I wished more than anything for a word with my sister. Though little friendship was shared between us, I wondered endlessly at the thoughts that must have been spinning in her head at this turn of events. I had often suspected in the years Jacob had worked for my father, that Rachel loved the romanticism of his tireless years of service to win her more than she cared for him. So as I slaughtered and stirred and scoured, in my heart, (I confess) I nursed a smug little chuckle of satisfaction. It was I who truly loved him. And it was I who had won him.
The day of the feast dawned hours after we had risen and begun the final preparations. My mother fretted and scurried from tent to tent to fireside to the grant pavilion set up for the occasion, always muttering and whining to herself how much was still yet to do and how it “never will be done in time.” The day wore on indistinguishably from the past fourteen—a haze of tasks followed by more tasks followed by another order from my mother.
Then suddenly before I had time to gather my wits, I was seated in the pavilion beside Jacob. We were dressed in brightly colored robes, and I was veiled. Guests, relatives and friends of my father, (or anyone else who had heard of the feast and had pretended to be a relative or friend of my father,) were wishing us well, calling down all manner of blessings on our union. The room spun around me, probably from the sacred wine I had been made to sip again and again and still again as my father had droned the sacred ceremony that sealed our marriage. The air was thick with the smoke of incense and roasting animals. Long low tables in the hazy, flickering light of torches were spread with loaves of bread glistening with olive oil, platters of dates, figs and pomegranates arranged in designs, and bowls overflowing with honey soaked pistachio nuts. The pavilion was decorated with as many flowers as could be gathered this early in spring. The smells of roasting meat, warm fruit, smoke, sweat, wine and more wine, swirled nauseatingly around me. I felt as though I were in a dream.
The feasting seemed to last for hours and hours. In my inebriated state, I thought I saw the faint smudge of dawn just appearing above the mountain as my mother and a maidservant helped me to the marriage tent. They removed most of my finery, and my veil and left me in the darkness, trembling with a little with excitement, mostly with fear. But even then, I had no time to quiet myself, clear the haze from my head and remember what had happened. Almost before I realized they had left me, the tent flap was pushed aside, and I saw the early morning sky with its spreading grayness, and slowly vanishing stars for a split second before my husband entered.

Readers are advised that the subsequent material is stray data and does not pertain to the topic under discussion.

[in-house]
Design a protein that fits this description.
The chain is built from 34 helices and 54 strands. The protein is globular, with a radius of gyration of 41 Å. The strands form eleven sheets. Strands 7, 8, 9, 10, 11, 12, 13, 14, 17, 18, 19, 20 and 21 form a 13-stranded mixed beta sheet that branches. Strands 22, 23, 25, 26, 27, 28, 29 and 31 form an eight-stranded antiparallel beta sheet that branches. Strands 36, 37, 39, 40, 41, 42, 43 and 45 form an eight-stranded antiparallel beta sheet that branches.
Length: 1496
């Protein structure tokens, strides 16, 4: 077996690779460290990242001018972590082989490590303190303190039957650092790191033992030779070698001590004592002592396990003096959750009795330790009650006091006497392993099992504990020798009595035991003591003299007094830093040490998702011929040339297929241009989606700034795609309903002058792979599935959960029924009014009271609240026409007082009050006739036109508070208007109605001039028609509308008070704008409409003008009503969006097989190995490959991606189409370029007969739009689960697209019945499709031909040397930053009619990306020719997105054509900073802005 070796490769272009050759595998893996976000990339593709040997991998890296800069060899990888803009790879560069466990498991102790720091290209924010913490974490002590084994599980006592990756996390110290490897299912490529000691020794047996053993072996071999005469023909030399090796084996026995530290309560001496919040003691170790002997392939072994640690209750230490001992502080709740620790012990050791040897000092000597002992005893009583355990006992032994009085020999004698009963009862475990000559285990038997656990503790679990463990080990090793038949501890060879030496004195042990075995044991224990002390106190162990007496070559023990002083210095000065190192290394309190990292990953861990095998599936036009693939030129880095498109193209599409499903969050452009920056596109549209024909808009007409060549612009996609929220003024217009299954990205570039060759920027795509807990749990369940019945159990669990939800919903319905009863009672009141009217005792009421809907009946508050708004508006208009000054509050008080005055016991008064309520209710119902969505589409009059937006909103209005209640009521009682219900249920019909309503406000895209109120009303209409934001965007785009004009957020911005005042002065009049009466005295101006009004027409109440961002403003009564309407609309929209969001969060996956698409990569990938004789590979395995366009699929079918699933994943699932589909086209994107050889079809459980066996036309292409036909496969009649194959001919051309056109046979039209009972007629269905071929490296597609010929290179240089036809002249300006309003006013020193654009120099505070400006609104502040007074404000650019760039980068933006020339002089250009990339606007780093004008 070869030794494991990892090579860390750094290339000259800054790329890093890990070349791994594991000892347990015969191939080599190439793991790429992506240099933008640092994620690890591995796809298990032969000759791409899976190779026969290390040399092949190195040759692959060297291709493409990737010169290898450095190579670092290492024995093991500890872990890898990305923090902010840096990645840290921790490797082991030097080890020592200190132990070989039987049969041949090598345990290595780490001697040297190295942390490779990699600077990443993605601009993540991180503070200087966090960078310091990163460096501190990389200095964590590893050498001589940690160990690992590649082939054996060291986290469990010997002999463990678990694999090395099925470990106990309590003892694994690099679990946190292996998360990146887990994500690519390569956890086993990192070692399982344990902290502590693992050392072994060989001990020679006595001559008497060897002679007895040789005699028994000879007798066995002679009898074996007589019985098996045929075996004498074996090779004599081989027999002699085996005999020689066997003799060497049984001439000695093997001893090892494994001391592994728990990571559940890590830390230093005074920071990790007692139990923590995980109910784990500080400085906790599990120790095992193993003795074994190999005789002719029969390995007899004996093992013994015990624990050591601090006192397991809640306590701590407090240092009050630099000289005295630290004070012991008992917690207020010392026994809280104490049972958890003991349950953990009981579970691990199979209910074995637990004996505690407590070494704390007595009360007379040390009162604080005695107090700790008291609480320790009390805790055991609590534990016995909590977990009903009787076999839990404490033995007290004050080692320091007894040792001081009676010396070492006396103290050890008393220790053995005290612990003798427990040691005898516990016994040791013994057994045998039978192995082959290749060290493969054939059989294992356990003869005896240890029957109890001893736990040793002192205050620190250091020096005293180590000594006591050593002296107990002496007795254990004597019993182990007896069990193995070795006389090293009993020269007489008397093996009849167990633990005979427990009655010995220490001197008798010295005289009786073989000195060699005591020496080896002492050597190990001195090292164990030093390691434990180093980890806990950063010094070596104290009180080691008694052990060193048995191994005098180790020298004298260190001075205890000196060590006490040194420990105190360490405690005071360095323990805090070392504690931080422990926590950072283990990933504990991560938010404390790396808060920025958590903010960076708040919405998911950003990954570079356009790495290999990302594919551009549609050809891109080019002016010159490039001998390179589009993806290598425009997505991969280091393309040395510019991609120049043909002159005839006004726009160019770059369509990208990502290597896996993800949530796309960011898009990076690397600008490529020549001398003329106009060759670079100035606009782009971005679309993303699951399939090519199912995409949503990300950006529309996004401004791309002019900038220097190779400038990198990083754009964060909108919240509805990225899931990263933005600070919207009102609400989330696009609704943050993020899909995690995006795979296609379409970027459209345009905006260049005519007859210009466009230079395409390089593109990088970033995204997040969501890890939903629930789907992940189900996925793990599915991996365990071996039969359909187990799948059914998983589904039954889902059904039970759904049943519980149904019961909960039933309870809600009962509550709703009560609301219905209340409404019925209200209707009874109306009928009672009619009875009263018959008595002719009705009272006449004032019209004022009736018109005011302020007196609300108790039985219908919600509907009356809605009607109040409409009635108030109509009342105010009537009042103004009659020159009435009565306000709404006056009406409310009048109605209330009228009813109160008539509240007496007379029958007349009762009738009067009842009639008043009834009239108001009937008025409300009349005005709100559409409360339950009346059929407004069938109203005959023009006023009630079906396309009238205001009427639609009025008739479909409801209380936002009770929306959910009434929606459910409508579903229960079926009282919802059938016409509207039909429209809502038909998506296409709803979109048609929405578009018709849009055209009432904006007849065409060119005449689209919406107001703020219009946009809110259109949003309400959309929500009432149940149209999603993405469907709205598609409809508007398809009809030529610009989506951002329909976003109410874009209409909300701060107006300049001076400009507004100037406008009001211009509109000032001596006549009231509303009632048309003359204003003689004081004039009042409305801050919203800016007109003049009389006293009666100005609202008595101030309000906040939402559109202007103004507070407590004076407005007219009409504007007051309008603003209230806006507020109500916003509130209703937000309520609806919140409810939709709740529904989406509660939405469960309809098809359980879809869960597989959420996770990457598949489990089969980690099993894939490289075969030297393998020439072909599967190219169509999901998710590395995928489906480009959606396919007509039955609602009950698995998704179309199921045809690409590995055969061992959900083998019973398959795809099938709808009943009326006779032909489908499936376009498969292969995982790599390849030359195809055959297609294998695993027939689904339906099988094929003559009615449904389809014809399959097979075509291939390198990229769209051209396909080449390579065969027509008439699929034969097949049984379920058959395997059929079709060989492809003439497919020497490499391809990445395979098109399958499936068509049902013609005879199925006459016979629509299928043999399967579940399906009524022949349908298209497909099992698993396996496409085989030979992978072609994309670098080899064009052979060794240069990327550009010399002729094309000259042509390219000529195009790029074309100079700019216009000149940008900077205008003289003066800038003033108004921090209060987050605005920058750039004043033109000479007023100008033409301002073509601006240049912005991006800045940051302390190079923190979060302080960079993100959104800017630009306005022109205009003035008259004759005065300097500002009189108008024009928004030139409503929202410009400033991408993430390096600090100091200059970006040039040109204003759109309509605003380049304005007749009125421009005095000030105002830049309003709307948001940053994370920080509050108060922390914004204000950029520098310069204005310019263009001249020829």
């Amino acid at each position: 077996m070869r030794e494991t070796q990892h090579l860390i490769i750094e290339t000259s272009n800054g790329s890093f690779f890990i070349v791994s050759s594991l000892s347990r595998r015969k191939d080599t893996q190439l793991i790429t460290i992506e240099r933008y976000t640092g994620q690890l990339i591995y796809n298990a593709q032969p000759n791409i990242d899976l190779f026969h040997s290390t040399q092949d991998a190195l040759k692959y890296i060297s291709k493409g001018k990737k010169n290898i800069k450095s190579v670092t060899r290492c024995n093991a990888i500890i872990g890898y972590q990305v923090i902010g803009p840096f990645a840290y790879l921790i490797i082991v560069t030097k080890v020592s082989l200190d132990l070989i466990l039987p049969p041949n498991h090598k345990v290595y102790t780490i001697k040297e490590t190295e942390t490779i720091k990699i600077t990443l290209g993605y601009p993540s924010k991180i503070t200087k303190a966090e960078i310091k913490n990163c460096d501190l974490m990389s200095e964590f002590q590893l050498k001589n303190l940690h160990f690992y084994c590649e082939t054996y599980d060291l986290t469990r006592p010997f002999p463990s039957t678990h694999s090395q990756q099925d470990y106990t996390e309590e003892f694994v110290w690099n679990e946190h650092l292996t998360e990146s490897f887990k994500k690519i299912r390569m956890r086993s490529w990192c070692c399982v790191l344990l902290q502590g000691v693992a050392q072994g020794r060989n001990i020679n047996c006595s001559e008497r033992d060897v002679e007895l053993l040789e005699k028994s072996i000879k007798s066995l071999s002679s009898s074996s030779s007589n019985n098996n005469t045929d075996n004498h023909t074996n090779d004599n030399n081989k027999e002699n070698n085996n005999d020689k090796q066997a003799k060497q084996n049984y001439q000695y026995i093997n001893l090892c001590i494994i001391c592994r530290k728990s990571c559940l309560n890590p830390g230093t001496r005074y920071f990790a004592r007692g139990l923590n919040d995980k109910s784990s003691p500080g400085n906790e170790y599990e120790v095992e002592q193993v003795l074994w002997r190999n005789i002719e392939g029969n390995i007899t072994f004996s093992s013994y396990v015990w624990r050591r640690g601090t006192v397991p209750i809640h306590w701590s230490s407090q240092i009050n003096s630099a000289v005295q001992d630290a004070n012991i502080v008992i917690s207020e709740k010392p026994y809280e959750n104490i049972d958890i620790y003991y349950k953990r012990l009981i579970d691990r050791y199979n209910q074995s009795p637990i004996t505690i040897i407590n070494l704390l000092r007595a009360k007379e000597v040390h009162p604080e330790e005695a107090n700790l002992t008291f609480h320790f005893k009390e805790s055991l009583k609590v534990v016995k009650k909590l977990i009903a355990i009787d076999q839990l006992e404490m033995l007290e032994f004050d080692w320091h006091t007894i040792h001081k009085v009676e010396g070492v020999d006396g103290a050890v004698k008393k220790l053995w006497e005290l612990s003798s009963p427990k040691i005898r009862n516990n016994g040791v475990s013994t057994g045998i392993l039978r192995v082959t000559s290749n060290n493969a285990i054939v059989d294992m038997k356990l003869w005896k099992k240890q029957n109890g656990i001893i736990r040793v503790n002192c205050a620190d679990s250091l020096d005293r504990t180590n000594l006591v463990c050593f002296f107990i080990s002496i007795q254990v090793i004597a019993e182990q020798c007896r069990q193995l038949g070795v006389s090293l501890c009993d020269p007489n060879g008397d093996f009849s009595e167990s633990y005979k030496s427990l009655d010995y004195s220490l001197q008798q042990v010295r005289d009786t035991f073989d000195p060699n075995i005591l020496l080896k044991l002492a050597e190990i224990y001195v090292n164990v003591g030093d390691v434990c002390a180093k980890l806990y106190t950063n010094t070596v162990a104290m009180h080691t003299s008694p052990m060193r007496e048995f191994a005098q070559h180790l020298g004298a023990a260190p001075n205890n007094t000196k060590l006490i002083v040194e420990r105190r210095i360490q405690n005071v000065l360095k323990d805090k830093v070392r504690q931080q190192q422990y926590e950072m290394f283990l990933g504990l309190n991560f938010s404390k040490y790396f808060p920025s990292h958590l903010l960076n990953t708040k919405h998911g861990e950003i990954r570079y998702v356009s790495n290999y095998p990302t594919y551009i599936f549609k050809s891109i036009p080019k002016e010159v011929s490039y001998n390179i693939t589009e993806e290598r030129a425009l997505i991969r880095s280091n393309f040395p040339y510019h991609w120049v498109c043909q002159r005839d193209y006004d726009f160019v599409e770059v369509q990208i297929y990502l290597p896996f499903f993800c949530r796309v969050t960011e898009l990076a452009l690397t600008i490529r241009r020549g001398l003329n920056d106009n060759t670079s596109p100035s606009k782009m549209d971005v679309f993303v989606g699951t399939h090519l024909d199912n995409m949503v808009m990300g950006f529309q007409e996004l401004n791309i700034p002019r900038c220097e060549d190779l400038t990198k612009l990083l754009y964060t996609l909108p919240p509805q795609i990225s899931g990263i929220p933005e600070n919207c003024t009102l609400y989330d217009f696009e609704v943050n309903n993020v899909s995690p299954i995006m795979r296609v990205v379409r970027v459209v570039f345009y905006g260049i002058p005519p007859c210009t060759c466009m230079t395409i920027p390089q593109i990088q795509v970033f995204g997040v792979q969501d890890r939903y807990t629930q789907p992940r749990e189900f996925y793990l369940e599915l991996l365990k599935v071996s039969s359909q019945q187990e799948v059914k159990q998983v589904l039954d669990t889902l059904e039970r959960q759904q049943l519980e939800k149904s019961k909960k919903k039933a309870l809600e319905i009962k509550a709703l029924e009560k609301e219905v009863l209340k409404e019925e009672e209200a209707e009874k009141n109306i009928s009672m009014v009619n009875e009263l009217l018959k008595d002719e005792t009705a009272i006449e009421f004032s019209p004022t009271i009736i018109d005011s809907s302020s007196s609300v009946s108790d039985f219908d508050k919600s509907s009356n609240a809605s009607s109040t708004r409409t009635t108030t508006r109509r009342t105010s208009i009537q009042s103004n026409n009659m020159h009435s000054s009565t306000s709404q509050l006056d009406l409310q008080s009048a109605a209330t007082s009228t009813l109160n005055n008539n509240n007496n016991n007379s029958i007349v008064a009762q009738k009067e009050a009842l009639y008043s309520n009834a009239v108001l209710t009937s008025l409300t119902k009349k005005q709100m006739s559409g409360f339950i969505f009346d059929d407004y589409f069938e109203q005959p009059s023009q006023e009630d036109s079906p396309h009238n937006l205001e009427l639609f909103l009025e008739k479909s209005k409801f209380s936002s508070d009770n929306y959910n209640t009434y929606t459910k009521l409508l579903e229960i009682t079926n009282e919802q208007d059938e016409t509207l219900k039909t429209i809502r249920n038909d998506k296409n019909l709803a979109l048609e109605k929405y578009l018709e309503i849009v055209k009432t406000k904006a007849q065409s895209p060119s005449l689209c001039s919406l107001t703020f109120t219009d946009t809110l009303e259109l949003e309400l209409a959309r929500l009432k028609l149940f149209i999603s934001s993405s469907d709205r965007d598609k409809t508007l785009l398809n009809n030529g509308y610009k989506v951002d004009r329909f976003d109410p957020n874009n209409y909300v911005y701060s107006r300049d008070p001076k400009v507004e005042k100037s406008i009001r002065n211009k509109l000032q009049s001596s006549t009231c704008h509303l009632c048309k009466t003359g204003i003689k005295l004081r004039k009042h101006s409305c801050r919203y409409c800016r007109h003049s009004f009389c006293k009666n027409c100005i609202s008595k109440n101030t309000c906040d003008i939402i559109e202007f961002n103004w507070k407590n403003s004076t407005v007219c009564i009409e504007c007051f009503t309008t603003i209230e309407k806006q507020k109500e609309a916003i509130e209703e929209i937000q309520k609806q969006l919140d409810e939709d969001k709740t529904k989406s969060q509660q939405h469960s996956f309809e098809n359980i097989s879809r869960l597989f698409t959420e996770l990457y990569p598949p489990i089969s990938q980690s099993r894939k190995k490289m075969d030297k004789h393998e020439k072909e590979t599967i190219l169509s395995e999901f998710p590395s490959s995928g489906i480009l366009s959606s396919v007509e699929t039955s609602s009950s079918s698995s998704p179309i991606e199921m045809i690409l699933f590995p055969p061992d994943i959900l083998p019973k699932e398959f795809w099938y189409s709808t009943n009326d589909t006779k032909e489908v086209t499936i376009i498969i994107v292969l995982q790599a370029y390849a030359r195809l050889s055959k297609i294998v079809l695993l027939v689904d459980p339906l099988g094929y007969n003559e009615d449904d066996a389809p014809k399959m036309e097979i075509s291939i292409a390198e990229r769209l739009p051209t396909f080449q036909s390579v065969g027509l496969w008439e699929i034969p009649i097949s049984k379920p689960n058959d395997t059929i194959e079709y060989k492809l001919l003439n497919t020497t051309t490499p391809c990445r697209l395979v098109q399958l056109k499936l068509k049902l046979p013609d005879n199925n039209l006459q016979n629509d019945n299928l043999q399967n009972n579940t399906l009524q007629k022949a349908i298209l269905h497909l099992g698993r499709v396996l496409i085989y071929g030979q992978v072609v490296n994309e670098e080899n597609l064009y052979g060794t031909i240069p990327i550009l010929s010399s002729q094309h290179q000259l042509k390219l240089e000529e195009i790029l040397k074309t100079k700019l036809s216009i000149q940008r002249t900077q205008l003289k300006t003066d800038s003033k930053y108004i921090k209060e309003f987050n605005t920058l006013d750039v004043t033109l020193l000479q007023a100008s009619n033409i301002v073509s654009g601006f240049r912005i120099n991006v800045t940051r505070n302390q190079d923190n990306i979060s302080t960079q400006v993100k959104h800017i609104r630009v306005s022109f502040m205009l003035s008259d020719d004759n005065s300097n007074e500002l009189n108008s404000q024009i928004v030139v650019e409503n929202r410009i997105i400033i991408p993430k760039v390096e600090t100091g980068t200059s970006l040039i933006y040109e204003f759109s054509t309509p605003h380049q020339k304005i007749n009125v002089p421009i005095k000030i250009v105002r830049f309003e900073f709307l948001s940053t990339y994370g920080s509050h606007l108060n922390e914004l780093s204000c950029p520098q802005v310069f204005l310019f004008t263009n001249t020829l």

I jolted awake, and sat straight upright at what must have been noon. I was confused for a moment as to what had startled me. Jacob was not asleep on the mat beside me; he was standing on my other side leaning over me. When I tilted my chin to look at him his face was near enough to mine that I could smell the faint trace of wine still lingering on his breath. It was the only moment in my life that he really and truly looked at me. His handsome features were distorted with fierce, silent rage. His lips were pressed together so tightly that a white ring showed around them. He was clenching and unclenching his fists at his sides, the knuckles turning white. A large vein stood out from his neck, and he trembled slightly as his eyes ravaged and dissected each minute detail of my face. I did not recognize him. I opened my mouth to speak, but only a tiny squeak escaped from my throat. “Leah.” He softly flung it at me like a curse containing both question and realization. He straightened and dropped his eyes to the ground as if trying to gain control of his anger. His cheeks turned scarlet, then white again his breath came in heavy rasping gasps. Suddenly his thin veneer of control snapped like a bolt of lightening. Letting out a shout that would have awakened the mountains he hurled himself out of the tent bellowing my father’s name. I could hear the answering voice, confused by sleep and surprise, then honeyed and wheedling in a vain attempt to settle his son in law’s rage. I drew my knees slowly up to my chest, hunching my body over them, wishing I could fold up smaller, collapse into myself and disappear entirely. “Who is lying in my tent?” he raged. I could not distinguish my father’s stammering reply. A great sob seized my frame, clutching my ribs and squeezing till I feared, (and hoped) that they would snap one by one like twigs. My lungs seemed to have imploded. I pressed both of my hands over my mouth to keep from making a sound. A black haze seemed to be closing in from the corners of my vision. Jacob’s thunderous questions continued to tumble one over the other, “What is this you have done to me? I served you for seven years for Rachel, did I not? Why have you deceived me? You wretched, lying…” I heard no more for the great roaring that came into my ears as the darkness closed in around me.